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Headaches

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NEWS
February 9, 1995 | Daily News Wire Services
If you're one of the 18 million Americans who suffer from migraines, you might find some relief by changing what you eat, suggests Ladies' Home Journal magazine. About 30 percent of migraines appear to be triggered by food. (Other causes include hormonal changes, stress, excessive smoking, even strong odors and bright lights.) Listed here are the most common troublemakers for people who are prone to migraines. CHOCOLATE: It contains phenylethylamine, which constricts blood vessels in the head.
NEWS
November 24, 2013 | By Catie Hamilton and Dr. John Stern, For The Inquirer
She was supposed to be on her way to a neon-lit chapel where an Elvis impersonator waited to officiate at her wedding. Instead, the 27-year-old woman sat in a thin hospital gown on an examining table in a cold emergency room, anxiously waiting for news. A week before, she had gone to see her primary physician. She had been dealing with a series of strange symptoms over the summer. A curious, maddening itch. Achy joints from time to time. Vicious headaches that she supposed were like migraines, although she had never had them before.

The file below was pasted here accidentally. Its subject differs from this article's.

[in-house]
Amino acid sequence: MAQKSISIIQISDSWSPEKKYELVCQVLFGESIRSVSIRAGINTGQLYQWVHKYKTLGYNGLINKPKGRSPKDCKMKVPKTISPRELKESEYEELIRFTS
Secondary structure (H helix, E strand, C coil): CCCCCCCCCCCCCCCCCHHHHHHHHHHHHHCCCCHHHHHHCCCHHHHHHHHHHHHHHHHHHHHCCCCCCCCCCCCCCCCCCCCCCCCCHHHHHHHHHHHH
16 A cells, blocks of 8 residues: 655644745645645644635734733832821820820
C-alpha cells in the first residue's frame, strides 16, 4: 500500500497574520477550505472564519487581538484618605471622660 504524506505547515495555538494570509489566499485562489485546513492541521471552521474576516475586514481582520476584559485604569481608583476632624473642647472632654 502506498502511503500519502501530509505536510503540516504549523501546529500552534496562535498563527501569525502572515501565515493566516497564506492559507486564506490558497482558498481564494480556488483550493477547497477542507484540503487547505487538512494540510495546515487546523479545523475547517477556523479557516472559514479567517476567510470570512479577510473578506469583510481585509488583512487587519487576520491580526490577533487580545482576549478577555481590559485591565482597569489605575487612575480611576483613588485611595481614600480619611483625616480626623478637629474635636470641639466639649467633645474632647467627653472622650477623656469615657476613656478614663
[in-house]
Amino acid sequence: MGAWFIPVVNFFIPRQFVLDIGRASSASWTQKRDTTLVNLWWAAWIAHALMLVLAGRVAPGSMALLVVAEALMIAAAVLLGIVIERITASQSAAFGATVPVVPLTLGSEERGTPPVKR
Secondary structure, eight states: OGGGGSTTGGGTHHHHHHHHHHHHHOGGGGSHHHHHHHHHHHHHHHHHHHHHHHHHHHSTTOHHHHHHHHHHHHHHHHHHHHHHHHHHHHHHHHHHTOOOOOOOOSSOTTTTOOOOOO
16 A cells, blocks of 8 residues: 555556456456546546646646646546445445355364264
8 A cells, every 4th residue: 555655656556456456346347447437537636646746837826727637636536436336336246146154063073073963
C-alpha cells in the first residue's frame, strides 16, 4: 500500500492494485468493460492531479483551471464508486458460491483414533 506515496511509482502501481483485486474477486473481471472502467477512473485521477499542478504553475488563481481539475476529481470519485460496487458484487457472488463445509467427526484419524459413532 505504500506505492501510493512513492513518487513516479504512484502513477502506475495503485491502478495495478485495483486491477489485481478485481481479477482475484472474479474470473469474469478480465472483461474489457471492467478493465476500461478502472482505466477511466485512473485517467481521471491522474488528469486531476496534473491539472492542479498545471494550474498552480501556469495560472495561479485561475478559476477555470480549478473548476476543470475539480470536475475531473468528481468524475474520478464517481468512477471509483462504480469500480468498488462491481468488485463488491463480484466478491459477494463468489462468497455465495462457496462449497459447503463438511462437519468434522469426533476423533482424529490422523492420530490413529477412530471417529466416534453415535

FOOD
November 8, 1987 | The Inquirer staff
NutraSweet, the popular sugar substitute that has been a center of controversy since it was allowed on the market, does not cause severe headaches, according to a new study. Researchers, whose work was financed by the National Institutes of Health and the NutraSweet Co., tested people who believed that NutraSweet, which is known generically as aspartame, gave them headaches and found they were just as likely to get headaches after consuming dummy substitutes. The conclusion of researchers at Duke University in North Carolina was the second vote of confidence for NutraSweet last week.
SPORTS
December 13, 2011 | By Sam Carchidi, Inquirer Staff Writer
Flyers star defenseman Chris Pronger will visit with two Pittsburgh concussion specialists on Wednesday, and the club hopes they can explain the cause of his headaches. A local doctor on Monday said a blow to the eye - which Pronger suffered on Oct. 24 against Toronto - can cause a concussion. After taking an inadvertent stick to the eye and missing six games, Pronger returned and played five games. He was then sidelined because the team said he was suffering from a virus.